In the current COVID-19 pandemic landscape, organizations are faced with an unprecedented duality: of managing the transition to a “new normal,” while also reimagining the future of work and business.
Third-party risk leaders must take this opportunity to take on board recent learnings of how to manage third-party relationships and maintain risk-controlled operational continuity during the pandemic. Simultaneously they must challenge themselves and their current third-party risk management (TPRM) programs to improve resiliency, increase effectiveness and drive transformation while reducing cost.
For the TPRM function to transform, and reimagine the alignment of enterprise-wide risk to future business strategy in a post-pandemic world, it requires thinking in three key areas.
1. Strategic review of third parties
A strategic review of third parties considering lessons learned in the pandemic is critical to operating in the new normal and preparing for more uncertainty in the future. And balancing the risks and benefits of using third parties is key, and TPRM will play a critical role.
The third-party operational trade-offs of resilience, efficiency and cost should now be considered and aligned to an organization’s strategy and risk appetite. This could potentially result in a redefinition of what organizations consider as truly strategic third parties – including the specialty of the service provided, geographic location, risk exposure and exclusivity of the relationship.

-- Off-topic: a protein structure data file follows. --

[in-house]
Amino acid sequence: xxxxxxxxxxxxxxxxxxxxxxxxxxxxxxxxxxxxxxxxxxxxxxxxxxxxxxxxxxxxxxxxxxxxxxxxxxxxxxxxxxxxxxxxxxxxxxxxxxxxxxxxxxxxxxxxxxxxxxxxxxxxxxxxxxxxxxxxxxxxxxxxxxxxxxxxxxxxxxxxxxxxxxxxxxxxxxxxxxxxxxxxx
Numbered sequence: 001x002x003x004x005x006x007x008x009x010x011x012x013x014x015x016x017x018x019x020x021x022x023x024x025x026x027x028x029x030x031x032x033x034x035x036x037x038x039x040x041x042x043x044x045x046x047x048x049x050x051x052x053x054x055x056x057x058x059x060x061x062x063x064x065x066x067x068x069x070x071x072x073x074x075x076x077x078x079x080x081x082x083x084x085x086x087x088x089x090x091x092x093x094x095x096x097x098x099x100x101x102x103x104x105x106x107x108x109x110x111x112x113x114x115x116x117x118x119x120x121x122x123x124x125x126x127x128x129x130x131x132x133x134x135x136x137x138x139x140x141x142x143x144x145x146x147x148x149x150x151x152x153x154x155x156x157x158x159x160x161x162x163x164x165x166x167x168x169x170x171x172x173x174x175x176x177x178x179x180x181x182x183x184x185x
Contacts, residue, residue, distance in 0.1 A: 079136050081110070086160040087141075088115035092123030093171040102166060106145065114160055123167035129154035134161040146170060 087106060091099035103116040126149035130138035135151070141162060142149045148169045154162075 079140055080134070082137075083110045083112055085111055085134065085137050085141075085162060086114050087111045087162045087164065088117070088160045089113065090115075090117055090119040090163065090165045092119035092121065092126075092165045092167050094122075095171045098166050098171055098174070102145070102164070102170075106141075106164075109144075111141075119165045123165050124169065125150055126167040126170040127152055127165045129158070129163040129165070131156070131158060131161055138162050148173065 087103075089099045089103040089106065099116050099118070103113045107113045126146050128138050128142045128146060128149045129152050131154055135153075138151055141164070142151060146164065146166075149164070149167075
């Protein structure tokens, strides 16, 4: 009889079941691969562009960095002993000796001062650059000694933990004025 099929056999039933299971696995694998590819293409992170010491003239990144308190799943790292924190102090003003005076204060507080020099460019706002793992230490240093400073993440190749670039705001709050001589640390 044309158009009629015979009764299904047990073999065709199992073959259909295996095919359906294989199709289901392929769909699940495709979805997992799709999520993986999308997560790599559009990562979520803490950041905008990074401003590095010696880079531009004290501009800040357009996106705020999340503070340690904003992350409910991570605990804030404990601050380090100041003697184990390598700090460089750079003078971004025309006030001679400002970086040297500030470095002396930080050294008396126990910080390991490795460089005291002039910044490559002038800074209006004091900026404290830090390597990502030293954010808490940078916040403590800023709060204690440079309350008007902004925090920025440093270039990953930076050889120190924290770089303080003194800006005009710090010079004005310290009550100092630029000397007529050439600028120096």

In-house control over operations during uncertain times may be desirable, but outsourcing can offer its own benefits, so leaders need to weigh up both short-term and long-term benefits and risks.
For example, organizations are now considering the cost advantages of having significant Indian outsource operations against the recent infrastructure and security challenges presented by remote working during lockdown. A common response has been to begin moving more critical or high-risk services, such as customer-facing services, to near- or on-shore outsource providers, or bring them in-house completely.
An organization’s ability and desire to take on risk is of course impacted by recent events, so risk tiering should reflect this new perspective and diligence activities applied accordingly. Critical definition may also be expanded to include third parties that are strategically important and/or niche and hard to replace.